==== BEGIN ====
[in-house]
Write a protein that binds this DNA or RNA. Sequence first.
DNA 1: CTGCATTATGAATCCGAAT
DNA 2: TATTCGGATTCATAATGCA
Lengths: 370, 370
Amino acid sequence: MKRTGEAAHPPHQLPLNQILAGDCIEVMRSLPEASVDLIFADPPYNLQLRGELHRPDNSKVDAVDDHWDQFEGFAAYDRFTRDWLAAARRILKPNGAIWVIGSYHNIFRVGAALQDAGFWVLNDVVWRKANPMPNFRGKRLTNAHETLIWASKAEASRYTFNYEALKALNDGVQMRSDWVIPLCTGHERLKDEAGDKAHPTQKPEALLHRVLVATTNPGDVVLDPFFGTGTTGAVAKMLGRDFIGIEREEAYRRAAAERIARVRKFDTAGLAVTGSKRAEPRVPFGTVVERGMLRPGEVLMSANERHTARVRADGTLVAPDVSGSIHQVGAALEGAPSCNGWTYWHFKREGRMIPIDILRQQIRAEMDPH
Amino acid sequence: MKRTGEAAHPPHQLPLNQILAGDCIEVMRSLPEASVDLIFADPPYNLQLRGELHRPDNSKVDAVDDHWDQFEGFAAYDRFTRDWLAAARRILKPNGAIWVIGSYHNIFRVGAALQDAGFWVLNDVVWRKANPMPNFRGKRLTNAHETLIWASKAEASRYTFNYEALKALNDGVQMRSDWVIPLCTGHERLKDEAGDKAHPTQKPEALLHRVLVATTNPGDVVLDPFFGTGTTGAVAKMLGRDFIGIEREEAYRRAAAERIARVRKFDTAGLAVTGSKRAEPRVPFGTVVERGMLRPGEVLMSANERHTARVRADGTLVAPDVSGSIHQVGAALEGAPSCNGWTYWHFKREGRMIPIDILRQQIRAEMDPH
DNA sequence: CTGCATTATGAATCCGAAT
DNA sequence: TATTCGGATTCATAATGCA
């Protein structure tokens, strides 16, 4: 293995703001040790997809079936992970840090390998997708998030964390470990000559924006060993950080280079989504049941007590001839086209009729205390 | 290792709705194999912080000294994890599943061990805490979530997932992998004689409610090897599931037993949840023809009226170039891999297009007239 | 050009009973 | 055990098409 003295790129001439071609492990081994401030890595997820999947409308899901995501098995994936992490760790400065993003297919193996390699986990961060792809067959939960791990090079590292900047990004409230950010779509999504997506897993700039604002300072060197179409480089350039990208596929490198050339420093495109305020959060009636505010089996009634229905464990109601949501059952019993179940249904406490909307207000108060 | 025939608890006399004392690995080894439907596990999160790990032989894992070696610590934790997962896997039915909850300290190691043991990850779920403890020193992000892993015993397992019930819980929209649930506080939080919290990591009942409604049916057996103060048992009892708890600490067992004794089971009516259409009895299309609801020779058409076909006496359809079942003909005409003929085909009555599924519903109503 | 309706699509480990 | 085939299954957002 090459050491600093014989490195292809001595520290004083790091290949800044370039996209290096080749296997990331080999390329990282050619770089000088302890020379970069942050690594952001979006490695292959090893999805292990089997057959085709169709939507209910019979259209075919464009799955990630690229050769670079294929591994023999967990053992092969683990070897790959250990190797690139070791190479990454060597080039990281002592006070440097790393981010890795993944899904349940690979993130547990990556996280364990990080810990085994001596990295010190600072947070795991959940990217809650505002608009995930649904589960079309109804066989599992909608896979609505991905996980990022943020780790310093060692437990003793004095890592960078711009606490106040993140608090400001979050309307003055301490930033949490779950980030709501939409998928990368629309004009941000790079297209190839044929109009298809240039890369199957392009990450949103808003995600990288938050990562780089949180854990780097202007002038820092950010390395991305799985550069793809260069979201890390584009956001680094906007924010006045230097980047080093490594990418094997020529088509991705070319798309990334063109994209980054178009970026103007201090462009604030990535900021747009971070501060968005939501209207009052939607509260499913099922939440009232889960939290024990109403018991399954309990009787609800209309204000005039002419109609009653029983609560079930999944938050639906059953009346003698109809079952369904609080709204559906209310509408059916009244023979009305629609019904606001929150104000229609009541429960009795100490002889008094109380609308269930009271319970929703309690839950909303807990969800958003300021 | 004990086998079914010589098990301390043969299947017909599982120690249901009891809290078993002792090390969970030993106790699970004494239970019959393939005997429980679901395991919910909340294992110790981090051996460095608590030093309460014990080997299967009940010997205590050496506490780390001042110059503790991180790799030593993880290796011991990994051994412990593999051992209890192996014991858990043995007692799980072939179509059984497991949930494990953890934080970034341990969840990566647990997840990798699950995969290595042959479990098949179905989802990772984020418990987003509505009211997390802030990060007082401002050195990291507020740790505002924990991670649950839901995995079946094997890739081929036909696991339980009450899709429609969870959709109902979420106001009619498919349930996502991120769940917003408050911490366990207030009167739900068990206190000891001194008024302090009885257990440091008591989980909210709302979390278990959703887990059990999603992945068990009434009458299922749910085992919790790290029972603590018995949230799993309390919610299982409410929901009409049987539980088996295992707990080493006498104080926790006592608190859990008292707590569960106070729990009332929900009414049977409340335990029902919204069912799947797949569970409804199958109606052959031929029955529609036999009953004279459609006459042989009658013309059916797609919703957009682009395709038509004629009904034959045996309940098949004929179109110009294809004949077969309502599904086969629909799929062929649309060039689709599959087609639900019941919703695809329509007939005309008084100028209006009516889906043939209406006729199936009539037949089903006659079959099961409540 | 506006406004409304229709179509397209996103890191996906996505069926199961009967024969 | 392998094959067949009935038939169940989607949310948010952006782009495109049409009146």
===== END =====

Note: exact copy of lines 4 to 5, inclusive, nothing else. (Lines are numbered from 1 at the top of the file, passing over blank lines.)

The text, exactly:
DNA 2: TATTCGGATTCATAATGCA
Lengths: 370, 370